But, in the end, how much are voters really affected by the suggestions of, as a Clinton aide put it to me, a “credible voice in the community?” Former Democratic National Committee chairman Don Fowler, a close friend of the Clintons and a veteran of South Carolina politics, downplayed the endorsement game, noting that he, Congressman James Clyburn, and Senator Fritz Hollings all endorsed John Kerry in 2004, and Edwards “still beat him two to one.” Be that as it may, endorsements remain the strongest cards in Hillary’s deck. She has deployed Ford, Jackson (a paid consultant for the campaign who also pastors a 9,000-member church in the state capital), state representative Terry Alexander, and city councilwomen Bernice Scott and Joyce Dickerson across South Carolina to make the case, as expressed here by Fowler, that she has “all the policy credibility, all of the political instincts that commend her to the African American community.” When Hillary made her first 2008 appearance this weekend at the gigantic Northminster Presbyterian Church in Columbia, she was flanked by nationally known African American figures like Ohio congresswoman Stephanie Tubbs-Jones and Robert Johnson, founder of BET. And her strongest surrogate is making a big push himself: Bill Clinton will reportedly spend all of next week in the state.
Obama has run a different style of campaign, placing a premium on individual contact and voter registration. According to an Obama aide, the philosophy worked well in Iowa and has been transplanted (along with many key organizers) to South Carolina. Obama has paid more visits to the state and has opened more regional offices than Clinton. He has convened “faith forums” in 20 counties, and the campaign claims to have involved some 900 black barber shops and beauty salons in its outreach. Obama has also benefited from a key endorsement, albeit an unconventional one. Oprah Winfrey roped in thousands of blacks and whites alike to hear Obama’s campaign pitch in early December, and polls show Obama vaulting ahead of Clinton following her visit.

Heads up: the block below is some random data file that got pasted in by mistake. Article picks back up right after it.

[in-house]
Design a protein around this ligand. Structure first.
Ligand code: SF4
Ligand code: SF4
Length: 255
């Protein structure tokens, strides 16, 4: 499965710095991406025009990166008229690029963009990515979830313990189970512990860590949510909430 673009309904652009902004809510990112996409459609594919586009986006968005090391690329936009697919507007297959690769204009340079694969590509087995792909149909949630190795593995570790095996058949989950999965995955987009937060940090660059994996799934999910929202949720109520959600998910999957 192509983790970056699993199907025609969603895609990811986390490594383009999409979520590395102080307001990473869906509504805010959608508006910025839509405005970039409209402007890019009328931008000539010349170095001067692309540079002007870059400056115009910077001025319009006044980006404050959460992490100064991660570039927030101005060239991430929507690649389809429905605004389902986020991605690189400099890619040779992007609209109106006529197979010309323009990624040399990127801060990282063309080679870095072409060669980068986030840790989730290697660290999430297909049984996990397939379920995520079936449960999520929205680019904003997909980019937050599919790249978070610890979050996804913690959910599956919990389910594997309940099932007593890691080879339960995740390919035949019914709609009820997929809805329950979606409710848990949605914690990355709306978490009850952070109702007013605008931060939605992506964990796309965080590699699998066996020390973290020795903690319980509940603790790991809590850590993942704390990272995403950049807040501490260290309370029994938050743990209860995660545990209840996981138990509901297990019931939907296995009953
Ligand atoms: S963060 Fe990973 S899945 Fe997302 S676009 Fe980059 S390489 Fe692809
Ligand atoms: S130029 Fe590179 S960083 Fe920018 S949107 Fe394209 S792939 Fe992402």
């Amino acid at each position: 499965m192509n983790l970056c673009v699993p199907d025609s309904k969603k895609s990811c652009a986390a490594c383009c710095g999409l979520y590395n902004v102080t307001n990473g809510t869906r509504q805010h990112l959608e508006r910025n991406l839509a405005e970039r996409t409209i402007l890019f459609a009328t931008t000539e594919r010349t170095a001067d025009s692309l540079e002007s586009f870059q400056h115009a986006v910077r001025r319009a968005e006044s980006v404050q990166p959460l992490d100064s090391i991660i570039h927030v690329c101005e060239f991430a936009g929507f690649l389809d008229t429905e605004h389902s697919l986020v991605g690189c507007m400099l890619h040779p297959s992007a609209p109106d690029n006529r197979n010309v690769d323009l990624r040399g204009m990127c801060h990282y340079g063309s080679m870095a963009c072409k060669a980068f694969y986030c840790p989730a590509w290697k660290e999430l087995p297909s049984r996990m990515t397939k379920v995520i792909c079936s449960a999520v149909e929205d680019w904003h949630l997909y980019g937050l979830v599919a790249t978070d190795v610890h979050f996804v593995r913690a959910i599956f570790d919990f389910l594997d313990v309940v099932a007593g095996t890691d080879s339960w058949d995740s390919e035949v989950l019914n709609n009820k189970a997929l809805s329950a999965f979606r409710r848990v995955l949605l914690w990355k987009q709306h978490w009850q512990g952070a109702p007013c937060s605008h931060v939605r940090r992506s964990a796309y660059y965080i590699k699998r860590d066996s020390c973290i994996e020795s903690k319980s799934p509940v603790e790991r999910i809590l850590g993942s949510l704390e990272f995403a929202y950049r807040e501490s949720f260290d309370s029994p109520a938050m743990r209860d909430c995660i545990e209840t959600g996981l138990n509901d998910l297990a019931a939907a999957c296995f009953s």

Clinton’s South Carolina backers believe that their candidate can and should appeal to black voters, but, judging from current polls, they stand to be proven wrong. When I spoke with Reverend Brown recently, he backed away somewhat from his “hopes and dreams” comment, but remained steadfast in his concerns about Obama. “I think that black voters have matured. We cannot be duped into voting for a person based on their ethnicity.” Ford hammered Obama on electability last year, saying, “Every Democratic candidate running on that ticket would lose because he's black and he's at the top of the ticket." When I spoke to him last week, he brought up the failed candidacies of black hopefuls like Dick Gregory (1968), Shirley Chisholm (1972), and Jesse Jackson, and catalogued the short list of national officials of African descent. "We can’t win,” he said. Mitchell, over the phone, struck a similar theme: "I looked at Harold Ford [in Tennessee], I looked at the Jena Six--this is still America."
Ford acknowledges that Obama's biography--his being a product of a single mother and long racial odds--is incredibly compelling for African American voters. "No way you're going to get a majority of black people to vote against the black candidate," he said. "All he has to do is be black." Even Obama, famously “post-racial” and uncomfortable with the identity politics of Jesse Jackson and Sharpton, seems attuned to this reality. Recall that he gained his summer stride, and the now-famous "Fired Up" call-and-response, from an elderly African American organizer in Greenwood, South Carolina (he rarely mentions that she is black). His new "yes, we can" mantra is a graceful rehabilitation of what has been a racialized power slogan. And when Obama appeared with John Kerry last week in Charleston, he closed a litany of kitchen-table concerns with a firm “It ain’t right”--a rare slip into signifyin' that was met with jubilant applause. It was a masterstroke, and a small peek into why (if the polls are to be trusted) Obama will most likely thwart Clinton's well-laid plans in the South Carolina primary. The tougher question--and the one most likely weighing on the minds of Hillary endorsers like Ford and Jackson--is how such subtle reminders of Obama’s skin color will play as the campaign moves beyond the Palmetto State.
Dayo Olopade is a reporter-researcher for The New Republic.